Review: Rolling Meadows Lincoln’s Logger

In Beer Reviews by Ryan

Rolling Meadows says:

“A contradiction of sorts, our black lager combines the flavor intensity of a porter with the crisp finish of a classic lager. Expect coffee notes, wisps of smoke and a deep midnight hue.”

IMG_0807Rolling Meadows Lincoln’s Logger
Schwarzbier, 6.5% ABV

Kudos, right off the bat, to head brewer Chris Trudeau on this seasonal – now in its second year. Kudos for the creative label, playing off both Abraham Lincoln and famed children’s toys Lincoln Logs, and for concocting a beer that has aromas, flavors and an appearance that don’t seem to fit together – but also do.

The Lincoln’s Logger pours midnight black in color and gives off a nose of lightly roasted coffee beans and raisins. Take a sip, however, and you’re greeted with a beer that is light and crisp – crisper than its appearance would dictate – that carries light notes of coffee and cocoa with a splash of orange citrus in the finish. The tail of this beer gives it a certain brightness that seems out-of-place for its style and appearance – making for a unique take on a schwarzbier.

By no means is this a “session beer,” at 6.5% ABV, but it is remarkably easy to drink and, with those light citrus notes, would be a great bridge beer from a heavy winter seasonal into something a bit more spring-like.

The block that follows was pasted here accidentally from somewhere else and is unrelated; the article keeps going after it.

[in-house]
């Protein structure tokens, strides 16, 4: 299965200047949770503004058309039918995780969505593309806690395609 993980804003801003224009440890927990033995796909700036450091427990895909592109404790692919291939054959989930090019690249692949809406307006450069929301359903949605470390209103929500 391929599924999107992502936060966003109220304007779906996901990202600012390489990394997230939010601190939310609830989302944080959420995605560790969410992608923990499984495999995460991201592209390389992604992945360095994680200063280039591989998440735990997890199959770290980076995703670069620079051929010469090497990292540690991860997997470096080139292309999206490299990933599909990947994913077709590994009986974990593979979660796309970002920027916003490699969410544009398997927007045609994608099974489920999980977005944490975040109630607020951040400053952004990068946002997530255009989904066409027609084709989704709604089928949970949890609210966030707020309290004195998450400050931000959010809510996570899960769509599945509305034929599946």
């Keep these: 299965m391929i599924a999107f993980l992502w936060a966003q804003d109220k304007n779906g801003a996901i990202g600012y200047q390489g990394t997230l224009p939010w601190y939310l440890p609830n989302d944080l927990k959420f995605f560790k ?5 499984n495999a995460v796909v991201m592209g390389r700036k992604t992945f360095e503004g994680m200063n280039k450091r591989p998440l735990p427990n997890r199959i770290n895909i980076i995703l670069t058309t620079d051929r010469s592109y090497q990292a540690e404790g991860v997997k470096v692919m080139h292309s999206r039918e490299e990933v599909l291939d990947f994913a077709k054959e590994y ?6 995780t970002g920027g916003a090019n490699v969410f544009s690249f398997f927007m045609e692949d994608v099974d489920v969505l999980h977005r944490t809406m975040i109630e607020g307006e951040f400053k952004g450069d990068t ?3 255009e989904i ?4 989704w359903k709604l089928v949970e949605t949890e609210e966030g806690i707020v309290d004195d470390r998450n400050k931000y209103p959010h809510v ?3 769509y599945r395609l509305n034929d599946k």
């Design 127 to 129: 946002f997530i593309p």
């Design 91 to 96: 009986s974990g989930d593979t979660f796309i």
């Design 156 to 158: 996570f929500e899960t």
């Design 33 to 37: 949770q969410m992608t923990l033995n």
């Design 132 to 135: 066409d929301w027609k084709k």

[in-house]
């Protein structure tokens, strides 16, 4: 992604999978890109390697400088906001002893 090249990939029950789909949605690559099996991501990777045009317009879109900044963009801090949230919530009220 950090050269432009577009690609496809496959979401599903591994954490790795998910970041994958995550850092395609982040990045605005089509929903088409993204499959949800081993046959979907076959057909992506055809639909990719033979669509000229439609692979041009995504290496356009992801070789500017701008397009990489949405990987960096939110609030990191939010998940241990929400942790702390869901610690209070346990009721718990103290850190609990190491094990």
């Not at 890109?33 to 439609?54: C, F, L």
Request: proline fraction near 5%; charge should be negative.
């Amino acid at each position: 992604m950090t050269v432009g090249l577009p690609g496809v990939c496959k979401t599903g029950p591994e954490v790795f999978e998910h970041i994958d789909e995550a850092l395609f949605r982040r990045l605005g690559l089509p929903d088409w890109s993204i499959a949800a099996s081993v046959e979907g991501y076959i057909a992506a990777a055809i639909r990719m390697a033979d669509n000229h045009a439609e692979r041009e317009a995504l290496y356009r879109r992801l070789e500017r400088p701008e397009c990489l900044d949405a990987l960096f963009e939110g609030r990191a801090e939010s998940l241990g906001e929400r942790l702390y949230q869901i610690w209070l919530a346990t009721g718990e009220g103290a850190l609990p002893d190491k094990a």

Rolling Meadows is starting to sprinkle their beers around the city, finding their way onto store shelves at the Whole Foods in Lincoln Park and Fox & Obel in Streeterville and on tap at The Publican. We suggest finding your way to their beers pronto, because they’re churning out some great stuff South of 80.

More From Guys Drinking Beer


Sign Up For the GDB Beer News Email!

Know Your Beer. Sign up for our free weekly newsletter to get beer news from around Chicago, throughout the Midwest and beyond.

About the Author



Equal parts beer nerd and policy geek, Ryan is now the curator of the Guys Drinking Beer cellar. The skills he once used to dig through the annals of state government as a political reporter are now put to use offering unique takes on barrel-aged stouts, years-old barleywines and 10 + year verticals.

Share this Story